Type 2 diabetes mellitus and obesity: The synergistic effects on human locomotor function


      • Diabetic-obese patients presented worse spatio-temporal parameters of gait.
      • Sagittal plane kinematics showed altered ankle plantarflexion during push-off time.
      • Knee and hip kinematics revealed a reduced peak flexion during the swing time.
      • Diabetic-obese subjects present gait features typical of both these conditions.
      • Results highlight a synergistic effect of such pathologies on human motion strategy.



      Diabetes Mellitus and obesity represent two chronic multifactorial conditions which may induce modifications in human motion strategy. Our study focused on gaining insight into biomechanical aspects of gait occurring in patients affected by both aforementioned pathologies.


      One hundred subjects were recruited and divided into four groups: 25 obese-diabetic patients with peripheral neuropathy; 25 obese non-diabetic patients; 25 non-obese diabetic patients with peripheral neuropathy; 25 healthy volunteers participated as a control group. Subjects performed 3-D Gait Analysis while walking barefoot at self-selected speed, performing three consecutive trials. A multivariate analysis of variance test was used to assess spatio-temporal and kinematic data difference in the four groups. Tukey's post-hoc adjustment was applied on multiple groups' comparison.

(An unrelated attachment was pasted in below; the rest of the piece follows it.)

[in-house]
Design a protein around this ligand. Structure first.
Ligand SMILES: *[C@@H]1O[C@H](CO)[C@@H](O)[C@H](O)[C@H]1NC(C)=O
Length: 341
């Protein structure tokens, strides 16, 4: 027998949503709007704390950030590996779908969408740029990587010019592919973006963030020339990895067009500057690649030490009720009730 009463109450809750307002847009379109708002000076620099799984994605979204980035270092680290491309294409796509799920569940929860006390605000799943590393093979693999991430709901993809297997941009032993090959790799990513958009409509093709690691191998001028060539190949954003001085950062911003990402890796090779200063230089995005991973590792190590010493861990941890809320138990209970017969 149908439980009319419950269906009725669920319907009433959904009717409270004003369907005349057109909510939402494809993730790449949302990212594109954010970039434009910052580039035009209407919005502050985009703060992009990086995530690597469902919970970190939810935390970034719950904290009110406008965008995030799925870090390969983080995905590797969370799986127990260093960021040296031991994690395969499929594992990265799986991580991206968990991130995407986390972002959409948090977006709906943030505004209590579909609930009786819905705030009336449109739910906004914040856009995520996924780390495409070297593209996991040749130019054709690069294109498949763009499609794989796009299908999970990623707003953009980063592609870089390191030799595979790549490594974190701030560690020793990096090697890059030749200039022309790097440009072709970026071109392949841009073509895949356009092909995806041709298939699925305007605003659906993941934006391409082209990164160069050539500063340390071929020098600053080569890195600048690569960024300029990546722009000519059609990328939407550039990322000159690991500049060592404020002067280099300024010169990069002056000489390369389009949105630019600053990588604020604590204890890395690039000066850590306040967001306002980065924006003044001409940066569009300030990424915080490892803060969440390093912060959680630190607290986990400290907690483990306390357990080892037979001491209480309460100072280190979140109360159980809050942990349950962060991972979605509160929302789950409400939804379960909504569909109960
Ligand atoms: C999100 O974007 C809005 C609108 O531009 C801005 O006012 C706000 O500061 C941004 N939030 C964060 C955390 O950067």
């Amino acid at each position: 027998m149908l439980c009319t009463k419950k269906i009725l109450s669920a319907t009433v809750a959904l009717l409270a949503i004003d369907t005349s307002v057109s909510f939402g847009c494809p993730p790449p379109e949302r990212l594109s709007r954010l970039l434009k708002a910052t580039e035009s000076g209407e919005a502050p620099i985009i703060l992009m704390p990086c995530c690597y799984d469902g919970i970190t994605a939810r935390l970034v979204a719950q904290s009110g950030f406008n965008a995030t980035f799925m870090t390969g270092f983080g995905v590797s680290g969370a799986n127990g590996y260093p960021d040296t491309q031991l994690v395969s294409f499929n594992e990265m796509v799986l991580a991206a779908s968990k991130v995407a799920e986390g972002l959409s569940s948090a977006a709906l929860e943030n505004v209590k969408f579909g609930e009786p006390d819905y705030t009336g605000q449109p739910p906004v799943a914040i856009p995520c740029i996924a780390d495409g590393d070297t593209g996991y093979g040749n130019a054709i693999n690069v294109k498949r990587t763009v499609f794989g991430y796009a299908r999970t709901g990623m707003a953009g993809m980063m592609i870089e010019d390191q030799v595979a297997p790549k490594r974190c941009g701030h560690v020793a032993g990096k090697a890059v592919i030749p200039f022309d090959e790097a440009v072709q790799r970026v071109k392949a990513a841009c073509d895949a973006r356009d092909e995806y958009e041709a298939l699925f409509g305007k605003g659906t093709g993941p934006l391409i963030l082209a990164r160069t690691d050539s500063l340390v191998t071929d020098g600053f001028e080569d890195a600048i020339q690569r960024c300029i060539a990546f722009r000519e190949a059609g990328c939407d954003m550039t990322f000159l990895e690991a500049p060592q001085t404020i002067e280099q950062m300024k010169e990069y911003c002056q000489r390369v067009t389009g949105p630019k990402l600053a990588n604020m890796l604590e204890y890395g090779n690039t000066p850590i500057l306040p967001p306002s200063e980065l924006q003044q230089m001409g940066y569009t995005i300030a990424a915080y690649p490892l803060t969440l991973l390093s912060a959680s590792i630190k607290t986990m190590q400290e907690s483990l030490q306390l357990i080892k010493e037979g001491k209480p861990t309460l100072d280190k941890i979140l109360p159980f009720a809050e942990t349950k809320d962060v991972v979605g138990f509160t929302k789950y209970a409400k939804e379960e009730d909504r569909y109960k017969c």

Diabetic-obese subjects showed increased step width compared to controls, while step and stride length, and walking velocity were reduced. Interestingly, step width presented increased values even compared to diabetic patients. Kinematics data showed a significant reduction in ankle plantarflexion during the push-off phase of the gait cycle compared to controls, and to obese subjects. Furthermore, knee kinematics revealed a reduced peak flexion during the swing time of the gait cycle, compared to controls and diabetic subjects, which resulted in reduced knee dynamic excursion during normal walking compared to healthy subjects.


      Our data demonstrated that diabetic-obese subjects present gait features typical of both such pathologies. The specific impairment of ankle and knee joint kinematics provides evidence of a synergistic effect of Diabetes Mellitus type 2 and obesity on human ambulatory function.


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